First stop was the lab belonging to Chris Monroe, where he and his team are developing quantum qubits, the fundamentals of future quantum computer processors. Modern computer processors are vast farms of microscopic switches known as transistors made out of a semiconductor material like silicon. A computer uses binary code, long strings of ones and zeroes, to flip these tiny transistors into on or off positions. With properly programmed algorithms, the processor can solve problems and the more transistors in the processor, the faster it is.
Introducing quantum qubits into computing would change everything. Instead of transistors only able to be either on or off, qubits can be in a quantum superposition, both on and off simultaneously, which would exponentially increase the computer’s processing power.
However building a quantum dot processor is difficult because the tools to manipulate and position the dots still aren’t really precise enough to build a robust system. Waks is working on improving the precision of optical tweezers which he uses to move quantum dots around the clover-shaped fluid passages on a postage stamp sized slide.
Using green lasers, he can nudge the tiny quantum dots suspended in the fluid and precisely move them around at a rate of about two micrometers per second. The system he developed is a lot more precise than most other methods, and a version could be used in the future to position quantum dots on silicon chips in some future quantum processor.
The last lab was Gretchen Campbell whose work is exploring the more fundamental aspects of quantum particles. She specializes in creating and exploring Bose-Einstein condensates, a truly weird quantum state of matter. For dilute gases at temperatures just a fraction of a degree above absolute zero, the particles’ superpositions start to spread out and overlap and with each other, making and the whole macroscopic gas act like a quantum system.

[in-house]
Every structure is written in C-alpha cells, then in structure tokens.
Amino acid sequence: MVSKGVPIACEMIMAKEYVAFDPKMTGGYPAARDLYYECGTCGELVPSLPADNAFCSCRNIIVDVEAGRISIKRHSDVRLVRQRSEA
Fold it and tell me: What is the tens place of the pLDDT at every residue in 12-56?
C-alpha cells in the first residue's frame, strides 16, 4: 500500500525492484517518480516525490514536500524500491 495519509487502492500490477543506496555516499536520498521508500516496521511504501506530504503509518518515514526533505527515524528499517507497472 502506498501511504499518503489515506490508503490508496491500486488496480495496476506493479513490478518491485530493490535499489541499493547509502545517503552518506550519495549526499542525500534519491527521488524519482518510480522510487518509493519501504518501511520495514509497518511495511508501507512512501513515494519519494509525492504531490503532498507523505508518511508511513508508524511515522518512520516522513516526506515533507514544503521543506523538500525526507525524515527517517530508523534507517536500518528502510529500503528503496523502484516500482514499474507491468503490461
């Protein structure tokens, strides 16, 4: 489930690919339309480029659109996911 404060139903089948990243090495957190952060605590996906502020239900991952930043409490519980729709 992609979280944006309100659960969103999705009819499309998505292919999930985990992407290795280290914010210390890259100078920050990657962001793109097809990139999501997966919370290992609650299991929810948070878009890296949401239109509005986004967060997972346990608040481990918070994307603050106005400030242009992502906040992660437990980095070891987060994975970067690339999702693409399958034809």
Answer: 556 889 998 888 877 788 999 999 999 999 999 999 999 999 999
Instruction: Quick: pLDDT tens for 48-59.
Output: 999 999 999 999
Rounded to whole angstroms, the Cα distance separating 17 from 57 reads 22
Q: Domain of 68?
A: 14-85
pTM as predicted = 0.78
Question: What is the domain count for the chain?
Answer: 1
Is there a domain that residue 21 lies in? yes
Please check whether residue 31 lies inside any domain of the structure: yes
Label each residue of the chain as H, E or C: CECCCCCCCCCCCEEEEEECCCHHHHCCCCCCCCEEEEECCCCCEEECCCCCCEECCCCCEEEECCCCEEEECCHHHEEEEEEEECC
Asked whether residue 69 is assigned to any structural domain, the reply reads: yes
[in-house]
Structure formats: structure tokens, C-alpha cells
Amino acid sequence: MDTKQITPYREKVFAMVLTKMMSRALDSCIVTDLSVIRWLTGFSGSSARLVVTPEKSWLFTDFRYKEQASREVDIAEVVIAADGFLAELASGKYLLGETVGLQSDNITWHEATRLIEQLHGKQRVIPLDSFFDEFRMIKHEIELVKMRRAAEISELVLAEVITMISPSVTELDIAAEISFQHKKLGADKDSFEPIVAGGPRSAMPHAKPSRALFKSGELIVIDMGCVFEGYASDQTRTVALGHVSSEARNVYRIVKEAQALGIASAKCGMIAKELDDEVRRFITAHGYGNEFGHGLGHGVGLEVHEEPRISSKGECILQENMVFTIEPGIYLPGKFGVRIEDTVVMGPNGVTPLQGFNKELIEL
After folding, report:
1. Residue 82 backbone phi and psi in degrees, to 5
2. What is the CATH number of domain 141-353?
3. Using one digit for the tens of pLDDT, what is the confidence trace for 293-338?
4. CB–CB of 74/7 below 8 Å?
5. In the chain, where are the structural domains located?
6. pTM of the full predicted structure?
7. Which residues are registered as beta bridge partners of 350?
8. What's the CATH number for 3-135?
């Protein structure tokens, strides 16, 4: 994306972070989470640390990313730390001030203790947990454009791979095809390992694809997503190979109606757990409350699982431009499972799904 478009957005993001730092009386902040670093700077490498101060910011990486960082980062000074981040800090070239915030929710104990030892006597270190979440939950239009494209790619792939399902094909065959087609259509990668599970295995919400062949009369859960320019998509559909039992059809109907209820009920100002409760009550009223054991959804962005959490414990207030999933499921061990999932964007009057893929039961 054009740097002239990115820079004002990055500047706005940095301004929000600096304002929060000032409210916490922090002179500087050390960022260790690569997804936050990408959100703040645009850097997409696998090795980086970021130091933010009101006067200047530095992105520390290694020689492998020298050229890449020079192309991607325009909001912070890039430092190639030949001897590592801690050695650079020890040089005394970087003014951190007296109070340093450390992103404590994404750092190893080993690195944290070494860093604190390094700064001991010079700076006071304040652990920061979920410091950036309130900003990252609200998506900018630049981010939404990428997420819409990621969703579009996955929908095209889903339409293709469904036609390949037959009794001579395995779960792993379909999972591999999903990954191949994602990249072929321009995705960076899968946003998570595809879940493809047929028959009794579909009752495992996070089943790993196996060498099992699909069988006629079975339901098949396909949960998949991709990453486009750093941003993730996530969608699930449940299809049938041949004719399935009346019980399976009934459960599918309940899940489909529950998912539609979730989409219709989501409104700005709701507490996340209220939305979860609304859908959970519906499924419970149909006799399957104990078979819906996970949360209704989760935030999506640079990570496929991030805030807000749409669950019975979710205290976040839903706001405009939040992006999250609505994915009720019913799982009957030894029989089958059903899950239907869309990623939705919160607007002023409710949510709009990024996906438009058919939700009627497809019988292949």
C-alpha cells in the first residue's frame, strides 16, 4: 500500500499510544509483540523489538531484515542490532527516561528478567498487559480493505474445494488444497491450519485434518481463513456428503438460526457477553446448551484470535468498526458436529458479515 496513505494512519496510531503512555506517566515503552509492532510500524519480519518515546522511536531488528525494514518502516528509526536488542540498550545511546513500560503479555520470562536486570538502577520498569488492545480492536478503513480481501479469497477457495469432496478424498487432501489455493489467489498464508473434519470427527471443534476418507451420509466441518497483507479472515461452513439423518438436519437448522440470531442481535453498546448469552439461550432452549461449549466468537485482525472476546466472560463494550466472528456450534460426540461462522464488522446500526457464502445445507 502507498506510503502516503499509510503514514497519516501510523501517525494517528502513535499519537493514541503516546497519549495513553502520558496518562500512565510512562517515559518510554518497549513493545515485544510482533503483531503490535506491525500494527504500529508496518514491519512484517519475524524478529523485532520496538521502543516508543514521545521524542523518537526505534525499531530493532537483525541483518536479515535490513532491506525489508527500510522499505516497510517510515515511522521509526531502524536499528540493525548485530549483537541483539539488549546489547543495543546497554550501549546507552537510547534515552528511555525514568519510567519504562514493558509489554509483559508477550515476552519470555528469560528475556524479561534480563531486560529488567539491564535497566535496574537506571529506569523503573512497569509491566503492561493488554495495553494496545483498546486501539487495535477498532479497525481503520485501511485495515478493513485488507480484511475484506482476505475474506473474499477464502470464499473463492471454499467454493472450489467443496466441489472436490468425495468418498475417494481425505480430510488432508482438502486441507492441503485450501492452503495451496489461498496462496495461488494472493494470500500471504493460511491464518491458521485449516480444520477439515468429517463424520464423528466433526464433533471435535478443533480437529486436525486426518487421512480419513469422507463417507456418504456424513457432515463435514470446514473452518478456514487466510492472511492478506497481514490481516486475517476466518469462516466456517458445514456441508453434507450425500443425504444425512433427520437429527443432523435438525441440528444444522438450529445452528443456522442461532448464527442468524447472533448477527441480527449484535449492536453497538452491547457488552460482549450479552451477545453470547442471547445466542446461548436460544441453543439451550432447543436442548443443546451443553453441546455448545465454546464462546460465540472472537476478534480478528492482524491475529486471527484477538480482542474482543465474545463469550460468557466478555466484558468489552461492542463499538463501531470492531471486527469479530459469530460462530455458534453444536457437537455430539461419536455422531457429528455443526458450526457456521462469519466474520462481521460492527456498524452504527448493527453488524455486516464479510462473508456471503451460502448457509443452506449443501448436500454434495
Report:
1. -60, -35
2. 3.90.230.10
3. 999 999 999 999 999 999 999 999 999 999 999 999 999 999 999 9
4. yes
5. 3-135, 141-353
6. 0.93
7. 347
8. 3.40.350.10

Most of this apparatus is essentially a refrigerator to cool strontium atoms into the near-zero temperatures needed to create a BEC. The process starts with a strontium sample placed inside of an induction oven on the far right of the device. Beneath thick layers of insulation, white-hot induction coils burn off strontium atoms from the sample, which bolt along the length of the device.
The heated strontium atoms start shooting down this gray cylinder, called a Zeeman slower at hundreds of meters a second. Lasers and magnetic fields strip most of the energy out of the speeding atoms until they leave the far end of the slower with a fraction of their original energy.
The last step of the process is in the vacuum chamber at the far end of the slower. Here a series of optical traps sap the atoms of nearly all of the rest of their energy, and bring them down to their ground quantum states where they coalesce into Bose Einstein Condensates. The whole process takes less than two seconds.
Once the atoms are in their ground states, Campbell and her researchers can study the properties of the BEC they created. However, unlike Monroe and Wak’s labs, there’s no clear plan for what Campbell’s team is looking to build. It’s research just to understand how this unusual state of matter behaves. There’s a chance that some of this work it might apply to building new sensors or creating new superconductors, but really there’s no way to know what this kind of knowledge might be used for.
Research like this is a big reason that the government created the Joint Quantum Institute in 2006; It’s hard to get companies to sponsor research with no obvious commercial applications. Quantum information has the potential to revolutionize computing, but likely only after many years and billions of dollars of investment. The JQI sponsored by NIST and the University of Maryland, is filling in this research gap and helping to lay the groundwork for future discoveries that could make today’s microprocessors obsolete.